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Mike Fletcher 

US kids recall rather than skip YouTube advertising

US kids recall rather than skip YouTube advertising

Children, aged between two and 12 years old, have much better advertising recall on YouTube when compared with linear television, a US study has revealed. 

Precise TV, a child-safe contextual advertising platform headquartered in New York and Giraffe Insights, a youth and family research agency, surveyed 2,000 families to discover that 70% of kids recall ads on YouTube versus 35% who recall ads on broadcast TV. 

That means that children are not only choosing to watch skippable ad formats on the Google-owned platform, they also value them as part of their viewing experience.

The study further cites a direct correlation between this heightened YouTube ad recall and purchasing decisions.

When children were subsequently asked to recall where they saw advertised items that they had then asked their parents to buy for them, YouTube was the overwhelming response (34%), followed by broadcast TV (15%) and in-store (9%).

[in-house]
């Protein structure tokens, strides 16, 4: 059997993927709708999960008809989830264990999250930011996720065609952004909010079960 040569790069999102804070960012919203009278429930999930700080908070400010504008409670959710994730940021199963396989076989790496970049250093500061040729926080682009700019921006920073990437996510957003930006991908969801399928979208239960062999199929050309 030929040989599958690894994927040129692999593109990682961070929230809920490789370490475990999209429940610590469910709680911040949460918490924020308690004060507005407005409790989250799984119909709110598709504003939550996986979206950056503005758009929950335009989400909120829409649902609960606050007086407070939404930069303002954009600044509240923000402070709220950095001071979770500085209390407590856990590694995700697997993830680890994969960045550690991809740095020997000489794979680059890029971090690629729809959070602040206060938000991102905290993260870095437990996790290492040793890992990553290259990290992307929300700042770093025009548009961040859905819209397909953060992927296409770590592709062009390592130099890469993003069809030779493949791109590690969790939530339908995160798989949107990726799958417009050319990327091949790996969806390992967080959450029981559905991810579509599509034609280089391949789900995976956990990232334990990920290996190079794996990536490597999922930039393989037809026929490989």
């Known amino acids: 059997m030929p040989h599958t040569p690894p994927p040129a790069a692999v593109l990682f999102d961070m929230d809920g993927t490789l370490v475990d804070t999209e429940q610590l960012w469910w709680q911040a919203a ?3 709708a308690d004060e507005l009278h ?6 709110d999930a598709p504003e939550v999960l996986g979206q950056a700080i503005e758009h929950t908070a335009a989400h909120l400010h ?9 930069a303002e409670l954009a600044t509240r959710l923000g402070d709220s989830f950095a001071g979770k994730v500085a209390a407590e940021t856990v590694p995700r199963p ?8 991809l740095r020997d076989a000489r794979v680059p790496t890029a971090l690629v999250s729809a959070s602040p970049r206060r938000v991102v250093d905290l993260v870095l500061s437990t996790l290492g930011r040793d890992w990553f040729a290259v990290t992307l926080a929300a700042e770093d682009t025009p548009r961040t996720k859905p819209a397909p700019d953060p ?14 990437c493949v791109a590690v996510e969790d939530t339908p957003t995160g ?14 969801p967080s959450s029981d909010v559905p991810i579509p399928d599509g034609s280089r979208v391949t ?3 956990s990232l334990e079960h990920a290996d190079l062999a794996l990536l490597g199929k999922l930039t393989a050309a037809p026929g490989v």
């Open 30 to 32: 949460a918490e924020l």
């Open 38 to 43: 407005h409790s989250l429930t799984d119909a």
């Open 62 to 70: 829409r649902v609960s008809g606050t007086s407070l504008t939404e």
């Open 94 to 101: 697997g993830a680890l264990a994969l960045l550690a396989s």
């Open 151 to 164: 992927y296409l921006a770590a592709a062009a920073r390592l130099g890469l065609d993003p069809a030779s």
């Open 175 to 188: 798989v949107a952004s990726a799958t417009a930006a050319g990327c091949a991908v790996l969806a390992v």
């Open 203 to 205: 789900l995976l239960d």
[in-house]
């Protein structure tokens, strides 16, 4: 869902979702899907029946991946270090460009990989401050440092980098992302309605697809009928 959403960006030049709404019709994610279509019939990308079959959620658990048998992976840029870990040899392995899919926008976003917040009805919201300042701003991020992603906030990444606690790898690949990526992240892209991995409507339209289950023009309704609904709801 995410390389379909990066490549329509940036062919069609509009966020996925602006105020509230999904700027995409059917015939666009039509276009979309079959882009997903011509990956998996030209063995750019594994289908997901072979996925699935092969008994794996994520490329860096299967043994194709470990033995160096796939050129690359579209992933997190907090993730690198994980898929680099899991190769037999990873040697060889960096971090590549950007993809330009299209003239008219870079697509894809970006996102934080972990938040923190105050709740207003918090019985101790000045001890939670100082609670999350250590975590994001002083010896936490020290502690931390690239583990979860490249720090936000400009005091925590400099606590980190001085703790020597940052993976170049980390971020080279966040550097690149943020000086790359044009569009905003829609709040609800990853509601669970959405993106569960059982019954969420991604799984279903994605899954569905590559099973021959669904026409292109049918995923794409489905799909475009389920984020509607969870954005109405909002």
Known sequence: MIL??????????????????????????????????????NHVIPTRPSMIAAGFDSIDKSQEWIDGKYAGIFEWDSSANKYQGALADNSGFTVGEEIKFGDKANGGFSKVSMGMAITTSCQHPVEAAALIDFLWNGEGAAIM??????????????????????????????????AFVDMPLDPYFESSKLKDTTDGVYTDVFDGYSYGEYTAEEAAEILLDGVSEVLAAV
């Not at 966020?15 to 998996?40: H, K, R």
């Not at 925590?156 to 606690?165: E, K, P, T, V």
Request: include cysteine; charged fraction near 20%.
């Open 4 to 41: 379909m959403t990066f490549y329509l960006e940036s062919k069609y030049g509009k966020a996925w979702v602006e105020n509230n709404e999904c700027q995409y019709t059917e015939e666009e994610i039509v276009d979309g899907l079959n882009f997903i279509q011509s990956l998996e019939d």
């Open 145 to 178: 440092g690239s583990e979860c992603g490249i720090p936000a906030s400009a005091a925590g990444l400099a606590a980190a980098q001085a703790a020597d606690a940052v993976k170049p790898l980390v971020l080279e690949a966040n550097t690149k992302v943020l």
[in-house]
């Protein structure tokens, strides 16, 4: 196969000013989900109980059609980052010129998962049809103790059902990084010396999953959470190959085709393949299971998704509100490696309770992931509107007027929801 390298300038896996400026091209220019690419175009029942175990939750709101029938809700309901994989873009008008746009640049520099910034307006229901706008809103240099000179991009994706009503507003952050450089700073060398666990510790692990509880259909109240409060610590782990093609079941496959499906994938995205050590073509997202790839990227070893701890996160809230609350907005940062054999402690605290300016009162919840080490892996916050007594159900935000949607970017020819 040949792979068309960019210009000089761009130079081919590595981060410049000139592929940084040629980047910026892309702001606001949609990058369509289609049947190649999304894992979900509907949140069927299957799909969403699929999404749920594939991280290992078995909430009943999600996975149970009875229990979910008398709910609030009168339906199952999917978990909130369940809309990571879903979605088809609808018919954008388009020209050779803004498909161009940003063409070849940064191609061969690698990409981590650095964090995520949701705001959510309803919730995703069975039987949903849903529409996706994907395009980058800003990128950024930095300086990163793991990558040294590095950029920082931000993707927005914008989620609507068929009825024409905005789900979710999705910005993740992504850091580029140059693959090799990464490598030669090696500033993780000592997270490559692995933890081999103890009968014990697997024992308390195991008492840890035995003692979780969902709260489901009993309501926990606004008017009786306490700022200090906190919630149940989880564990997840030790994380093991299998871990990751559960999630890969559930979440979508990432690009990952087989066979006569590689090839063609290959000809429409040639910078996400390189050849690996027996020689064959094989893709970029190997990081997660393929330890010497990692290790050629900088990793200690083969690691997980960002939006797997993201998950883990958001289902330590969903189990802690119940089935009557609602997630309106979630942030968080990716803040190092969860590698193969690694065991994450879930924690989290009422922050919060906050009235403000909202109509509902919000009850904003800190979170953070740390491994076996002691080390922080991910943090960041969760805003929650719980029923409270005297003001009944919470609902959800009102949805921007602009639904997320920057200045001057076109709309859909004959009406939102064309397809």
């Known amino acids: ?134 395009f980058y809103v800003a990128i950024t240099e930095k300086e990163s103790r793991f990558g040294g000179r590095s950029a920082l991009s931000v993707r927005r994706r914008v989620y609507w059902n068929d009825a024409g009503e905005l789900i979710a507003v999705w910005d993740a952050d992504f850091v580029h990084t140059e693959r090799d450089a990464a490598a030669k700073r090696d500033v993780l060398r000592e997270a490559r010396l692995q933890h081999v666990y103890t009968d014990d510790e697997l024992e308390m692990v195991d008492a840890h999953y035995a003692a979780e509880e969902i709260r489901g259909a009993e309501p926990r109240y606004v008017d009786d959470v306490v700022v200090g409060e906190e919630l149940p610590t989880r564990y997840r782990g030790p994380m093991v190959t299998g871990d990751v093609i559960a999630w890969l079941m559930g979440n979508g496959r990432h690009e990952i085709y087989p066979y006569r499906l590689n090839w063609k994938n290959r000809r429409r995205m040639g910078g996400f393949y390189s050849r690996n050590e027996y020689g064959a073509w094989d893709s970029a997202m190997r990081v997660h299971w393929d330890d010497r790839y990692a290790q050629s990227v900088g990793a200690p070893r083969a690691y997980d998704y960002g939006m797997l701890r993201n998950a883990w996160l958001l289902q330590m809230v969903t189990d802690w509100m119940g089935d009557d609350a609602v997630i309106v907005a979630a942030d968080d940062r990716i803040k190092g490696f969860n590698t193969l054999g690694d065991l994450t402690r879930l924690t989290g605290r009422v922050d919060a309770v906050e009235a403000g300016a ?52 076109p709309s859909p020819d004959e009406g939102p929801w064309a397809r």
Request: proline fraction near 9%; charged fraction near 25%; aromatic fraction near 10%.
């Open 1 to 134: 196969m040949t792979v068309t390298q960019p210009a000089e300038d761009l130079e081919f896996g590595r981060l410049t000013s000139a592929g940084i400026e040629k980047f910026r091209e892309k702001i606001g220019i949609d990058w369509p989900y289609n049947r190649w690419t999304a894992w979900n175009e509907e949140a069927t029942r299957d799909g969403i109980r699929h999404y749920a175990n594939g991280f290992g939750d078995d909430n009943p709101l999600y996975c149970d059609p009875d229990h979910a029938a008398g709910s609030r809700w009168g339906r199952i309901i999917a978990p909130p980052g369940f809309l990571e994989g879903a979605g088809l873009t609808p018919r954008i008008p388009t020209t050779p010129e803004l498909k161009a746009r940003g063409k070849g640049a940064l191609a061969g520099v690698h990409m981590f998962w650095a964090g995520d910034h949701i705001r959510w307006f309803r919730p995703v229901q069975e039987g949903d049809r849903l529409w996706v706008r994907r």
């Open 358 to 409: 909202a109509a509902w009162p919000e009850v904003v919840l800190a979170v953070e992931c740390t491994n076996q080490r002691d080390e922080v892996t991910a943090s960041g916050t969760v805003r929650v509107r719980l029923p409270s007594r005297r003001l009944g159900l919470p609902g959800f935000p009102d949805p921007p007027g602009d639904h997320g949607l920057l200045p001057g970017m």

“We’ve known for years that kids are watching YouTube above all other online video platforms but with this study, we can now link those viewing habits to purchasing decisions,” Holly Paxman Gibb, VP of kids media program sales at Precise TV said. “By plugging this data into a contextual targeting platform, it allows brands to ensure they’re reaching a convertible audience before even launching a campaign.”

The findings may explain why YouTube is now the biggest source of supply in US connected TV advertising, with approximately 40% of ad impressions on YouTube now occurring via smart TVs, up from 12% just two years ago, according to the report. 

Giraffe Insights managing director, Maxine Fox stated that 35% of the children surveyed only access content via YouTube, online sites, social media, gaming and video on demand platforms. 

She said: “That means, if brands and advertisers are not focusing on a digital-first strategy, they’re missing out on at least a third of all child audiences from the outset.”

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